Effects of dietary fat and protein on glucoregulatory hormon
Dietary fat and protein impact postprandial hyperglycaemia in people with type 1 diabetes, but the underlying mechanisms are poorly understood. Glucoregulatory hormones are also known to modulate gastric emptying and may contribute to this effect.

The objective of this study was to investigate the effects of fat and protein on glucagon like peptide (GLP-1), glucagon-dependent insulinotropic polypeptide (GIP) and glucagon secretion at two Australian pediatric diabetes centers.

Participants consumed a low protein (LP) or high protein (HP) meal in Study 1, and low protein/low fat (LPLF) or high protein/high fat (HPHF) meal in Study 2, all containing 30g carbohydrate. An insulin clamp was used to maintain postprandial euglycaemia and plasma glucoregulatory hormones were measured every 30 minutes for 5-hours. Data from both cohorts (n=11,10) were analyzed separately.

-- Meals low in fat and protein had minimal effect on GLP-1, while there was sustained elevation after the HP (80.3±16.8pmol/L) vs LP (56.9±18.6), and HPHF (103.0±26.9) vs LPLF (69.5±31.9) meals.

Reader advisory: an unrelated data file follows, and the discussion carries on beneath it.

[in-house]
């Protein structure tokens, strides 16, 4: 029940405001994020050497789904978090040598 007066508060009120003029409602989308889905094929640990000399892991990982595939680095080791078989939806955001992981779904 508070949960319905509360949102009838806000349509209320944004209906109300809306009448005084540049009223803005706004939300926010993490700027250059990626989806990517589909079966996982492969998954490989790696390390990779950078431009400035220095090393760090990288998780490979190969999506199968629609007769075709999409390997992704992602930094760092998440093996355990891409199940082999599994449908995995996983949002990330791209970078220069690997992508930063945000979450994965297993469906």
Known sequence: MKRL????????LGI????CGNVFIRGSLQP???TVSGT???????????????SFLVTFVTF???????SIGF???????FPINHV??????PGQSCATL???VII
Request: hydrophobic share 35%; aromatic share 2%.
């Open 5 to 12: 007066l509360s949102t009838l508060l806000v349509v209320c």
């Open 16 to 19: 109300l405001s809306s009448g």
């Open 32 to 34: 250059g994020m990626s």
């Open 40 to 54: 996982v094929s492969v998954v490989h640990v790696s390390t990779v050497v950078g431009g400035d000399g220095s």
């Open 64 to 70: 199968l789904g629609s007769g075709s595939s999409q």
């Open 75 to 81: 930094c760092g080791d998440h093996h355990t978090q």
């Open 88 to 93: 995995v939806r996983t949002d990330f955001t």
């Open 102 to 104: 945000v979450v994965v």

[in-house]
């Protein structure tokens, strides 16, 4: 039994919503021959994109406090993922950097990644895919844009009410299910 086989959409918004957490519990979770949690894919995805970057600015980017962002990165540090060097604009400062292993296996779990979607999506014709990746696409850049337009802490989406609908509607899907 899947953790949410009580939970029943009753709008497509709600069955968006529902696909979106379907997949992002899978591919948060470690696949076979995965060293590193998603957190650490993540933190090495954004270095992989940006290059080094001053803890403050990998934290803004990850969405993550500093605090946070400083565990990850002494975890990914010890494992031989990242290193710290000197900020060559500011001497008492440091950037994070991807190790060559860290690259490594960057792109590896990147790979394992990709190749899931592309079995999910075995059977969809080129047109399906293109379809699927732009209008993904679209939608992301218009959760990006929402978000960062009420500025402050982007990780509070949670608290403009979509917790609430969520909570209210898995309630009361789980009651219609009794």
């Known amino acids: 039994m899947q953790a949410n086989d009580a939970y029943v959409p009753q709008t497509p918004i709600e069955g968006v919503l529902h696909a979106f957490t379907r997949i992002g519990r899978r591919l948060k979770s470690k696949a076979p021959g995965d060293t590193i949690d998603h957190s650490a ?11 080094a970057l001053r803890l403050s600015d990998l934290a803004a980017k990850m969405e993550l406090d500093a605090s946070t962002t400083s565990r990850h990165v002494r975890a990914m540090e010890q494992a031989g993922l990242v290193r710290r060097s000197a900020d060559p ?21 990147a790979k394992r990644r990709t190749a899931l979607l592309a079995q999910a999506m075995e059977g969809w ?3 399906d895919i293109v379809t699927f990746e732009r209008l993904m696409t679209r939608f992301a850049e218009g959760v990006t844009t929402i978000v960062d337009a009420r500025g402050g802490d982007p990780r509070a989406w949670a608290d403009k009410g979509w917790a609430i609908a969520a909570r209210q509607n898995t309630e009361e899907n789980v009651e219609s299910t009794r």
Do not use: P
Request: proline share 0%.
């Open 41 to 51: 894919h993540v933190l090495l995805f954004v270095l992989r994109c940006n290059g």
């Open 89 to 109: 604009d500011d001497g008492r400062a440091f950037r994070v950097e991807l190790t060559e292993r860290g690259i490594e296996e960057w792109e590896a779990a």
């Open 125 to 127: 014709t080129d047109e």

-- The prompt rise in GIP after all meals was greater after the HP (190.2±35.7pmol/L) vs LP (152.3±23.3), and HPHF (258.6±31.0) vs LPLF (151.7±29.4).

-- A rise in glucagon was also seen in response to protein, HP (292.5±88.1pg/mL) vs LP (182.8±48.5).

Conclusively, the impact of fat and protein on postprandial glucose excursions may be mediated by the differential secretion of glucoregulatory hormones. Further studies to better understand these mechanisms may lead to improved personalized postprandial glucose management.

Source: https://academic.oup.com/jcem/advance-article-abstract/doi/10.1210/clinem/dgab614/6354899?redirectedFrom=fulltext